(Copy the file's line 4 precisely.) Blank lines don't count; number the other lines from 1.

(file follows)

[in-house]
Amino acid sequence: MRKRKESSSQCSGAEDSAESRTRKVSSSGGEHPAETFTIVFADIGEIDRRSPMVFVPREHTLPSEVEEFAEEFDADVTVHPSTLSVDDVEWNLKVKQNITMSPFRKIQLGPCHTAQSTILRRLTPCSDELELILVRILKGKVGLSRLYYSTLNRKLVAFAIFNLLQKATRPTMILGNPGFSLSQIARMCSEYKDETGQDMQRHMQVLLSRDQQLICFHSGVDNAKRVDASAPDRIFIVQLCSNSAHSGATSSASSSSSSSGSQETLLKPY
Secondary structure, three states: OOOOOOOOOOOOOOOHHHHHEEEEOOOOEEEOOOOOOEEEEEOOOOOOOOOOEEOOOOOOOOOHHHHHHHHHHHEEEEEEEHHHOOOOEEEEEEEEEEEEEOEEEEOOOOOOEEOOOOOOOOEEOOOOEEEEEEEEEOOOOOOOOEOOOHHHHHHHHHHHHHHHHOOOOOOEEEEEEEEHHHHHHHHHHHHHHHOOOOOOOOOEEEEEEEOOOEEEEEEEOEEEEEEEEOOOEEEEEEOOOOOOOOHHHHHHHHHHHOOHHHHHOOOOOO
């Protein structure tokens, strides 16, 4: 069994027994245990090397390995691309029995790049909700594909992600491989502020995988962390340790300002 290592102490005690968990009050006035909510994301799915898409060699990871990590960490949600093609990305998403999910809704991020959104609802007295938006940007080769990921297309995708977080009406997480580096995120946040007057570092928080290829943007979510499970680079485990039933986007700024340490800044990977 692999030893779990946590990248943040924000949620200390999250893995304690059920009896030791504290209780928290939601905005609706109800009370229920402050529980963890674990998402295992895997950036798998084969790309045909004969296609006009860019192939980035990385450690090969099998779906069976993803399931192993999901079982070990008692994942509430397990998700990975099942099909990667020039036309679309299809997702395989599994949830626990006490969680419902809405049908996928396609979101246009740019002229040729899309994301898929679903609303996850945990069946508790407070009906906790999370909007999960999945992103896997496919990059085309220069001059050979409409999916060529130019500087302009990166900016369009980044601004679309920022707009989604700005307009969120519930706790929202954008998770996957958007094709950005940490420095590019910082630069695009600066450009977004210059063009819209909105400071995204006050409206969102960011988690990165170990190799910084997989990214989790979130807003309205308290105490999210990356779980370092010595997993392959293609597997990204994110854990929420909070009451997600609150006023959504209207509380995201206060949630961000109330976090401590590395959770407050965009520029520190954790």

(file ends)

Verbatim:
């Protein structure tokens, strides 16, 4: 069994027994245990090397390995691309029995790049909700594909992600491989502020995988962390340790300002 290592102490005690968990009050006035909510994301799915898409060699990871990590960490949600093609990305998403999910809704991020959104609802007295938006940007080769990921297309995708977080009406997480580096995120946040007057570092928080290829943007979510499970680079485990039933986007700024340490800044990977 692999030893779990946590990248943040924000949620200390999250893995304690059920009896030791504290209780928290939601905005609706109800009370229920402050529980963890674990998402295992895997950036798998084969790309045909004969296609006009860019192939980035990385450690090969099998779906069976993803399931192993999901079982070990008692994942509430397990998700990975099942099909990667020039036309679309299809997702395989599994949830626990006490969680419902809405049908996928396609979101246009740019002229040729899309994301898929679903609303996850945990069946508790407070009906906790999370909007999960999945992103896997496919990059085309220069001059050979409409999916060529130019500087302009990166900016369009980044601004679309920022707009989604700005307009969120519930706790929202954008998770996957958007094709950005940490420095590019910082630069695009600066450009977004210059063009819209909105400071995204006050409206969102960011988690990165170990190799910084997989990214989790979130807003309205308290105490999210990356779980370092010595997993392959293609597997990204994110854990929420909070009451997600609150006023959504209207509380995201206060949630961000109330976090401590590395959770407050965009520029520190954790």